CHESAPEAKE, Va. (WAVY) — Students heading back to school may need more than school supplies or a mask. Some will need some help managing the social and emotional challenges of switching back to in-person classes.
Last school year, students abruptly switched to virtual learning because of the coronavirus pandemic. Sudden changes with the pandemic revealed the need for additional student support.
Chesapeake Public Schools recently added a new position geared to help students, staff, and parents with the emotions of going back to school.
Tawana Fortune, a 30-year school psychologist, will lead the charge as the “Supervisor of Strategic Initiatives: Equity and Social-Emotional learning (SEL)“ at CPS. Fortune will work with school social workers, phycologists, and counselors to help students transition.
“Who could have predicted that we would be in a pandemic? Because of the pandemic and because so many kids have been in their home environment, we understand that they may need a little more of a bridge into the school system,” Fortune said.
One big concern is how much students learned and retained during virtual classes. Some kids may experience the COVID-19 slide.
Fortune said this year, parents should allow their children about a month to adjust, instead of two weeks in the past.
“Now because we have that pandemic, we know we have to extend that,” she said.
Fortune recommends parents watch out for changes in their student’s behavior. Changes could signify that they’re struggling with the transition back to in-person learning.
“Parents will know, sleeping habits are off a little bit. Maybe a little of irritability, just like we see with adults,” Fortune said. “If parents understand that we’ve got that two-to-four-week time. Understand that we’ve got the supports there. That helps parents in their own anxieties about sending their students to school.”
Many school districts work closely with Children’s Hospital of The King’s Daughters to provide students help with managing those feelings of anxiety or concerns about going back to school. CHKD Educator Michelle Tyron said that the last year was difficult for students, and now their parents need to help them process the events of the pandemic.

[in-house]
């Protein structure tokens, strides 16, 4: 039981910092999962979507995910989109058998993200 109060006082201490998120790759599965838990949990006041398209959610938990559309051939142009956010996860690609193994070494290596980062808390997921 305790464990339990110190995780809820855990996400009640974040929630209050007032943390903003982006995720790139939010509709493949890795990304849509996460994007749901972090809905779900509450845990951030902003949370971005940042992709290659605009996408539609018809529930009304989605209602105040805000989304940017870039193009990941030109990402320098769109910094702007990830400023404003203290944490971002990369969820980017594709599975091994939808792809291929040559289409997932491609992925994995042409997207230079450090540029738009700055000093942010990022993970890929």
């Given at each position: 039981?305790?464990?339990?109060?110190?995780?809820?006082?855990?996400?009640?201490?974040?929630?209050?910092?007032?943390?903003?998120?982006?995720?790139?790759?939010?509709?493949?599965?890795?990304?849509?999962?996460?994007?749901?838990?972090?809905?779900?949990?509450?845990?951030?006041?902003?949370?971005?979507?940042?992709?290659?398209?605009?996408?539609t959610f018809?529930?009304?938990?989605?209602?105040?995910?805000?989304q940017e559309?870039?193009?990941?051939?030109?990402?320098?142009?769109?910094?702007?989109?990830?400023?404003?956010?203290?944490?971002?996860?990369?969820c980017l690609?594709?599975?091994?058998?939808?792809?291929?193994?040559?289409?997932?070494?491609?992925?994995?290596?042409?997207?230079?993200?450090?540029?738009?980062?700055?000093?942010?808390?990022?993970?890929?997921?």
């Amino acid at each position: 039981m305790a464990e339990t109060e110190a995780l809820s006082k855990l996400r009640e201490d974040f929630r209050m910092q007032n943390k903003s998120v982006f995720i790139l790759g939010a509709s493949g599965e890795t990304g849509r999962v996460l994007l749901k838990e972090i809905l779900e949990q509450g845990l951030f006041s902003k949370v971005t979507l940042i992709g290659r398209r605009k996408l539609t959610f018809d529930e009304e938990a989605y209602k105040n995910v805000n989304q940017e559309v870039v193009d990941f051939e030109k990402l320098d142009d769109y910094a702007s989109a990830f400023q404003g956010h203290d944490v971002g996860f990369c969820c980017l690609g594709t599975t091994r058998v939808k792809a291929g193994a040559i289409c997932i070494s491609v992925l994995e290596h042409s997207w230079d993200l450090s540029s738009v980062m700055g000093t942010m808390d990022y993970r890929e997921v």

“When we talk about processing what they have gone through, looking at what their strengths are, then we want move forward to preparing them for what’s coming next,” Tyron said.
Both experts say security starts at home. Parents must be their child’s solid ground moving forward into the school year.
“The older the child is the more they maybe hearing things or seeing things or confused by things,” Tyron said. “Growth is really where we want to focus with the kids. What did you learn from this experience? This is a historical experience for our children.”
Fortune often shares tips with teachers and parents during training sessions on self-care and wellness, to prevent burnout.
“A lot of this is going to start at home. Remember the conversations that you have in front of your kids, imbeds itself into their own emotions,” she said.
- Portsmouth schools
- Virginia Beach
- Newport News: “In an effort to promote social emotional competencies, positive behaviors and mental health well-being for all students, NNPS has developed the following plans for Phase I, II, and III that will support social emotional learning and mental health of staff and students. School Psychologists, School Social Workers, Student Support Specialists and Mental Health Care Clinicians will provide social, emotional, mental health care and support services, within the school setting, that are aligned with VDOE’s Phased Guidance for Virginia Schools and CASEL Reunite, Renew, and Thrive: SEL Roadmap for Reopening School.“
- Hampton: “HCS is committed to educating the whole child. Social emotional learning skills (SEL) have been a priority prior to the pandemic and are integrated into the curriculum in all content areas. Positive social skills are protective factors for mental health. HCS also has several departments of staff committed to addressing mental health and wellness. School counselors are available in each school to support SEL with explicit instruction and to address mental health needs individually. The school social work department, school psychology department, and the department of student services have all increased in number to better meet the needs of students and families. Each school has a school nurse who is also trained to assist with mental health needs. HCS continues to partner with community agencies who specialize in mental health. HCS also works collaboratively with the city of Hampton to support students and families in need of community based mental health services.”